Healthcare Volunteers in Malawi
Are you an open-minded, flexible and pro-active medical professional looking for medical volunteering opportunities in Malawi? Volunteers with medical training should come with an open mind about their role and be aware that, due to the vast differences in how healthcare is delivered, they may find themselves doing very different work to their usual practice. This can be both frustrating and very rewarding, depending on your expectations.
Medical Volunteering in Malawi
Nurses, Midwives, and Doctors
To be most useful in a rural health centre setting, healthcare volunteers need to be fully trained clinicians such as nurses, midwives, and doctors, and perhaps senior medical students. We are not able to consider medical or nursing students doing their electives as there are no sufficiently qualified staff at the Dispensary or other local Health Centres to supervise them. Areas of experience that would be particularly useful include General Practice, Tropical Medicine, Paediatrics, Infectious Diseases, HIV, Obstetrics and Gynaecology. Previous experience of working and/or travelling in a developing country would be of great benefit. Unlike the education part of our volunteering programme where we can find projects for a number of volunteers, medical volunteering in Malawi requires fewer volunteers. Please be aware that the Dispensary and Health Centres have very few facilities, and some healthcare professionals may find working at these limiting and frustrating (please read the documents at the bottom of this page so you will know what to expect). Three healthcare volunteers (one doctor and/or two nurses) is the maximum number needed at any one time. In addition to working at the Dispensary and/or Health Centres, healthcare volunteers may also like to spend one or more days a week at the rural hospital in Chintheche (25km north of Mwaya Beach). A number of healthcare volunteers have also taught in the local secondary school and have found this very rewarding.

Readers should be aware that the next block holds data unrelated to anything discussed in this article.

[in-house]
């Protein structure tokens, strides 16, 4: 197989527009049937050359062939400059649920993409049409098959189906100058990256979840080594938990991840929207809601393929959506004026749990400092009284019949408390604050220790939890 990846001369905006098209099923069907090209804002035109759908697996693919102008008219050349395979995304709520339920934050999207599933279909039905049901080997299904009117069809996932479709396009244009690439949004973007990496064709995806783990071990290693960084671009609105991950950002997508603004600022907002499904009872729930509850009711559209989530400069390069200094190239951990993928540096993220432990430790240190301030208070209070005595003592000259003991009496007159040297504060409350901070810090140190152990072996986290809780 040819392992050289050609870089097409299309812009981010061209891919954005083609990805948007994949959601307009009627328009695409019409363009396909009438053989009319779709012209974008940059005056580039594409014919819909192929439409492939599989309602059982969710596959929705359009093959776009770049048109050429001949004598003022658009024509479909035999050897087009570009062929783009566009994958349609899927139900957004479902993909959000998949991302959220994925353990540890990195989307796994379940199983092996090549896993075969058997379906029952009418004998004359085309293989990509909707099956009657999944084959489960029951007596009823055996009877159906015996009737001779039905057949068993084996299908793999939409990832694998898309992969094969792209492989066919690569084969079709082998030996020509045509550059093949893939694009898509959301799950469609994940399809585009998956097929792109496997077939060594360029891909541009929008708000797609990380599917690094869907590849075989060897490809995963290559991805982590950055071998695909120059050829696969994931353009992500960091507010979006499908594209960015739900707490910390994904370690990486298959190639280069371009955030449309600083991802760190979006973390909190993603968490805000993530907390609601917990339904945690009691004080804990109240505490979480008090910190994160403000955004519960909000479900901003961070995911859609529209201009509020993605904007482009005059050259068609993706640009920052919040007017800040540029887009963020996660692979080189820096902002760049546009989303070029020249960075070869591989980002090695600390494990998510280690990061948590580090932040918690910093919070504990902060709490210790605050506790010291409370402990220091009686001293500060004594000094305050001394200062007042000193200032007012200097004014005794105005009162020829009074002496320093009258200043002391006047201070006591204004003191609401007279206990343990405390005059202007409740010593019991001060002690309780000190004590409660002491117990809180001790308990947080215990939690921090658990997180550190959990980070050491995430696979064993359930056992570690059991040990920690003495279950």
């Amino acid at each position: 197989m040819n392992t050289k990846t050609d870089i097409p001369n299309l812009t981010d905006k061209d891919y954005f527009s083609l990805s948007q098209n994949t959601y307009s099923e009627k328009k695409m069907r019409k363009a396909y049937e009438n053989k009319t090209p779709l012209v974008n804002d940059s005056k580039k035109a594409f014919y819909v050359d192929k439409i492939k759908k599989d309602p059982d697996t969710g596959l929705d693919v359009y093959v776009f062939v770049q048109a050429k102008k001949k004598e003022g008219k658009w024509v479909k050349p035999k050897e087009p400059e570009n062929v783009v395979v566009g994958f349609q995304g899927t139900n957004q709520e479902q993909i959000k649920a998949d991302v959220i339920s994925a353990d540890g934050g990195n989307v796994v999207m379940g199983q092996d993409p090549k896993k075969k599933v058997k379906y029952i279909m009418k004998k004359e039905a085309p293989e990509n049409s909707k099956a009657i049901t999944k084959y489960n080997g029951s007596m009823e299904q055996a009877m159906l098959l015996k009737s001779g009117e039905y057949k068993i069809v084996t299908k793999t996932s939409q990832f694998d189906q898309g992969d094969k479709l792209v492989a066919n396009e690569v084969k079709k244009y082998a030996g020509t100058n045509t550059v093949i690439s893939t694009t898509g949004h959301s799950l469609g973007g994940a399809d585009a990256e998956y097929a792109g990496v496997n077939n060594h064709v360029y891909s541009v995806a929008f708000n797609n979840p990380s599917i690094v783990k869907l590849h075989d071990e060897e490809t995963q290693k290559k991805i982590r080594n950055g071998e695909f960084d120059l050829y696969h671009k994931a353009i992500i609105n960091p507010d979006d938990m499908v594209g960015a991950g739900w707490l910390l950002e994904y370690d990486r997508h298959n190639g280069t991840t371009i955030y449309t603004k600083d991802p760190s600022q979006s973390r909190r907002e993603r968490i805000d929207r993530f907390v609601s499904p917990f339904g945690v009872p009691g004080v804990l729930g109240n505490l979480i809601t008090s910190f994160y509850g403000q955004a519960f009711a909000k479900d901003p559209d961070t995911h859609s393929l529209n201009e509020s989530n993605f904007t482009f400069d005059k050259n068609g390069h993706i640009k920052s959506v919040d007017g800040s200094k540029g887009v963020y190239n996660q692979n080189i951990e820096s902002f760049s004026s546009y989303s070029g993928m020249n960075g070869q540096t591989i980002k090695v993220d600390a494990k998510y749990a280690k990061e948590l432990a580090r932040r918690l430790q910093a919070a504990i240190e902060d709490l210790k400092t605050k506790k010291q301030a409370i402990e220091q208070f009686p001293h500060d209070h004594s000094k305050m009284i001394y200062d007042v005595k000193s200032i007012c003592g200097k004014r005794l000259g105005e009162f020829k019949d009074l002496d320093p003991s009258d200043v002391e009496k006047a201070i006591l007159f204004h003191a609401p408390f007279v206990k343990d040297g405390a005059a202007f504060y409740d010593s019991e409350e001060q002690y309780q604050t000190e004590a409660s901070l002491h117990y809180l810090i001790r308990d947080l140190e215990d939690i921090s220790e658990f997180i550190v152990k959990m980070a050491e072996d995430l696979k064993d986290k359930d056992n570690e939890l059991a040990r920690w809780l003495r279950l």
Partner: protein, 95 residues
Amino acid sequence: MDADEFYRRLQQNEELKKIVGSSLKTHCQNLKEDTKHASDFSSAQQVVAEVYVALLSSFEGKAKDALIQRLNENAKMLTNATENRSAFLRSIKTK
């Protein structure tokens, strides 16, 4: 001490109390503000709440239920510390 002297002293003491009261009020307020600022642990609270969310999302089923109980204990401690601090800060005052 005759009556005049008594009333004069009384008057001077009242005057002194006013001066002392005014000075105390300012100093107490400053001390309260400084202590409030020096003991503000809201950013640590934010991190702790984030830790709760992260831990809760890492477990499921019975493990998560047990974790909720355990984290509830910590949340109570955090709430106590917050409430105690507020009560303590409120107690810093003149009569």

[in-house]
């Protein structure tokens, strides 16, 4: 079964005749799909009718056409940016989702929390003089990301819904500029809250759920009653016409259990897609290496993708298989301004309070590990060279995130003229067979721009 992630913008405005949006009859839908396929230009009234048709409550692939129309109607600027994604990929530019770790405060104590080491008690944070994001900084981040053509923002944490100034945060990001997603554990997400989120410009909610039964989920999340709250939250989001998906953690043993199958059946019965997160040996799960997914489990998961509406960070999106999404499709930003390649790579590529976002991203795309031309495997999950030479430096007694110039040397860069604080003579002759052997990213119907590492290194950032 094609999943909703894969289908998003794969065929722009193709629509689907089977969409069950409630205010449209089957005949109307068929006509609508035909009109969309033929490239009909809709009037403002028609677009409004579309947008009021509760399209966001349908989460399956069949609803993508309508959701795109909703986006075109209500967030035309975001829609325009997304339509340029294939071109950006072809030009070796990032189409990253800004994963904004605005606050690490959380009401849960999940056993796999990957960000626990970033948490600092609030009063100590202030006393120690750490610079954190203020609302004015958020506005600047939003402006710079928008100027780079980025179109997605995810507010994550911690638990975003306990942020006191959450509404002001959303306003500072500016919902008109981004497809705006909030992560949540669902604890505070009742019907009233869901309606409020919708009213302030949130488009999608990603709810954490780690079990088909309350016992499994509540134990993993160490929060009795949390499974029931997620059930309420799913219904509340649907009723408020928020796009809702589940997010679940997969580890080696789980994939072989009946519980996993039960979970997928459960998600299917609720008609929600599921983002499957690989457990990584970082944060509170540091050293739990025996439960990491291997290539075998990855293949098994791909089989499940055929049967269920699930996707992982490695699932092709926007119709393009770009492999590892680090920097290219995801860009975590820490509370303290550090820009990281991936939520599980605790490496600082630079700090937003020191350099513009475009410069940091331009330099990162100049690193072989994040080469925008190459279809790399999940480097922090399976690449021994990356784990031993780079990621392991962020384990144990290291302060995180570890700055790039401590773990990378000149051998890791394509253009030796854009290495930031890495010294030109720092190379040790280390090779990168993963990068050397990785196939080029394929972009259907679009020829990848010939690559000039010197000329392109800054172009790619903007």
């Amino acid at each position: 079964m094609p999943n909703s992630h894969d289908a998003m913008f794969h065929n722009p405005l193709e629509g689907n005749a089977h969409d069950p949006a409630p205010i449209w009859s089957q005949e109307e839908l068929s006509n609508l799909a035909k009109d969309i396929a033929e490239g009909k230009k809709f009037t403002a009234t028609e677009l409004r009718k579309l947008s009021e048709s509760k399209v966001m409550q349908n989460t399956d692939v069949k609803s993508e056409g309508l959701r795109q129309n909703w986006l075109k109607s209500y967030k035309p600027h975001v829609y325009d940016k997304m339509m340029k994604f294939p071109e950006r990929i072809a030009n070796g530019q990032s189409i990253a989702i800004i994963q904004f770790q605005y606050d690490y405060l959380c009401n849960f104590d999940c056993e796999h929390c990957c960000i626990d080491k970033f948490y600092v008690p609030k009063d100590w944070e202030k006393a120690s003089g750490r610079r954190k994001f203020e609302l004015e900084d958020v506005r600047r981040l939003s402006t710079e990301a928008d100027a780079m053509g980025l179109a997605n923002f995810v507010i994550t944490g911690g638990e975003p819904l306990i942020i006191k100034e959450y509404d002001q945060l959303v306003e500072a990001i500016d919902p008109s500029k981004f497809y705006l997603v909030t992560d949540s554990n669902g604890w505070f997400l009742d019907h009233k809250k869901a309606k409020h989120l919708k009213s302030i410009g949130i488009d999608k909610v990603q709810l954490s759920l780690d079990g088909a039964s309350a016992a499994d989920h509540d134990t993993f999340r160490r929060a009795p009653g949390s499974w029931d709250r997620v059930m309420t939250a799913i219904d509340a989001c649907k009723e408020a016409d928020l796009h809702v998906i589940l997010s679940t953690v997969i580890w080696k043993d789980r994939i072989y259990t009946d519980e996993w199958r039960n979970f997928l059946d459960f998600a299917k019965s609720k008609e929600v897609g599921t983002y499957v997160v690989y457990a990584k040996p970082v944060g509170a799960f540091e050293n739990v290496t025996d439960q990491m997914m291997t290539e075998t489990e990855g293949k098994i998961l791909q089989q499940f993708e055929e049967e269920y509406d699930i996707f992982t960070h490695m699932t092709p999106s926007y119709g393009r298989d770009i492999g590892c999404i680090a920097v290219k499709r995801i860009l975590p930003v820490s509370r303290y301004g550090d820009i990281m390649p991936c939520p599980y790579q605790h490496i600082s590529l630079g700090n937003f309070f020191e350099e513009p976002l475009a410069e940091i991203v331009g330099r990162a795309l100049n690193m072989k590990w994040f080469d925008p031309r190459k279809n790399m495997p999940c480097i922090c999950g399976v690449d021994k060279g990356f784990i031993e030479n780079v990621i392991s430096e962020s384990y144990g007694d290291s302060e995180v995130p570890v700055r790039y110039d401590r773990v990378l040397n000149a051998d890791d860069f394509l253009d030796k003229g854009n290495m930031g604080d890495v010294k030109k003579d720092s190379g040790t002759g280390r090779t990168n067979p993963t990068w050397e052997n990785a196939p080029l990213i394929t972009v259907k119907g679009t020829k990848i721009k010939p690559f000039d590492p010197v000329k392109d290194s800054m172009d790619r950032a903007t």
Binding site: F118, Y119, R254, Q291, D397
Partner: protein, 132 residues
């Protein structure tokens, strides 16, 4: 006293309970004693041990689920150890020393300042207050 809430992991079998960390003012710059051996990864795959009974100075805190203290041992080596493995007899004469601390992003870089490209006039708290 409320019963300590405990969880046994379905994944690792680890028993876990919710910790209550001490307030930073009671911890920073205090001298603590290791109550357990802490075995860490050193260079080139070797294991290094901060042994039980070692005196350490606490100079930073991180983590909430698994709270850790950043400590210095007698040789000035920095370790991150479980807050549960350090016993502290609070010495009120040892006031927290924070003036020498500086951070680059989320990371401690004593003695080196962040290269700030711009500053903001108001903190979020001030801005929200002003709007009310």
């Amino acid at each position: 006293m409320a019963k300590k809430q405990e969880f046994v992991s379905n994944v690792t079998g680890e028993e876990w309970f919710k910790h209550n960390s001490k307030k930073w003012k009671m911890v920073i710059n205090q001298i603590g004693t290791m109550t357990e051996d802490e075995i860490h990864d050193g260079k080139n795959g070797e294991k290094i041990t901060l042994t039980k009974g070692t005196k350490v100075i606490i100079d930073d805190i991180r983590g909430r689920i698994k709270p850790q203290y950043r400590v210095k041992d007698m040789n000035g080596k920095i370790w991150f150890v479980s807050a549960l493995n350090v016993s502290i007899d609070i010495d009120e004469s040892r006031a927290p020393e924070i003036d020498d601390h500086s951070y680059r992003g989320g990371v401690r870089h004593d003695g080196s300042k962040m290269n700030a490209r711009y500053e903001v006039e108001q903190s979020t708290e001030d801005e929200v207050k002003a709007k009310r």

Currently, there is a shortage of physiotherapists in Malawi and, while there is a higher concentration of physiotherapists in the bigger centres, such as Blantyre, Lilongwe and Rumphi, the rural areas tend to have far less assistance. In the rural areas, physiotherapy is dependent on community based rehabilitation providers, who are very often physiotherapy assistants, and operate out of organisations such as MACOHA (Malawi Council for the Handicapped) and MAP (Malawi Against Physical Disability). Physiotherapists with experience working with people with a disability, neurological disorders, paediatrics, burns and amputees would find their skills and knowledge of particular use in this area of Malawi. However, anyone with general musculoskeletal and orthopaedic knowledge will also find plenty of work in the community. Our Disabilities and Rehabilitation project supports people in the community with cerebral palsy, Down’s syndrome, muscular dystrophy, and varying deformities requiring orthopaedic correction, together with the treatment of patellofemoral pain, arthritis, back pain, and post fracture immoblisation stiffness. Please read the documents listed at the bottom of this page for further information.
Claudia fitting Zione with her new